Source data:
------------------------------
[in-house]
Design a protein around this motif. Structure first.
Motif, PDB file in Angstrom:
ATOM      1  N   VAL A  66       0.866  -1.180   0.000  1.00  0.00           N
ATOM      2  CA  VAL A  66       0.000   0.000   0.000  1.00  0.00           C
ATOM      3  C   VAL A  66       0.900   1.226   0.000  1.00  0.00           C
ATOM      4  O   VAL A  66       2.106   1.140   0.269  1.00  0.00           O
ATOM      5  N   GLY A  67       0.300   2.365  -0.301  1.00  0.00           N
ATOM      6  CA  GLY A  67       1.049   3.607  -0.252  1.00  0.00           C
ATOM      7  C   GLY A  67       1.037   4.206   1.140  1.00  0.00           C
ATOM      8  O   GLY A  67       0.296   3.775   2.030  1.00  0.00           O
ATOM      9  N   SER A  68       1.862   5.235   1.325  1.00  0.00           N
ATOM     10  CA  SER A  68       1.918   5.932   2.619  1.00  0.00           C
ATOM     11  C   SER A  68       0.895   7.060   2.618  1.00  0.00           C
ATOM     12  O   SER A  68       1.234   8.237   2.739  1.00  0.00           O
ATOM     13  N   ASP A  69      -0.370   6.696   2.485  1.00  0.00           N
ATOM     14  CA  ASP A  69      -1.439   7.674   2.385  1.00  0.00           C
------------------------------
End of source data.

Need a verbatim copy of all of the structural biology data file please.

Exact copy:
[in-house]
Design a protein around this motif. Structure first.
Motif, PDB file in Angstrom:
ATOM      1  N   VAL A  66       0.866  -1.180   0.000  1.00  0.00           N
ATOM      2  CA  VAL A  66       0.000   0.000   0.000  1.00  0.00           C
ATOM      3  C   VAL A  66       0.900   1.226   0.000  1.00  0.00           C
ATOM      4  O   VAL A  66       2.106   1.140   0.269  1.00  0.00           O
ATOM      5  N   GLY A  67       0.300   2.365  -0.301  1.00  0.00           N
ATOM      6  CA  GLY A  67       1.049   3.607  -0.252  1.00  0.00           C
ATOM      7  C   GLY A  67       1.037   4.206   1.140  1.00  0.00           C
ATOM      8  O   GLY A  67       0.296   3.775   2.030  1.00  0.00           O
ATOM      9  N   SER A  68       1.862   5.235   1.325  1.00  0.00           N
ATOM     10  CA  SER A  68       1.918   5.932   2.619  1.00  0.00           C
ATOM     11  C   SER A  68       0.895   7.060   2.618  1.00  0.00           C
ATOM     12  O   SER A  68       1.234   8.237   2.739  1.00  0.00           O
ATOM     13  N   ASP A  69      -0.370   6.696   2.485  1.00  0.00           N
ATOM     14  CA  ASP A  69      -1.439   7.674   2.385  1.00  0.00           C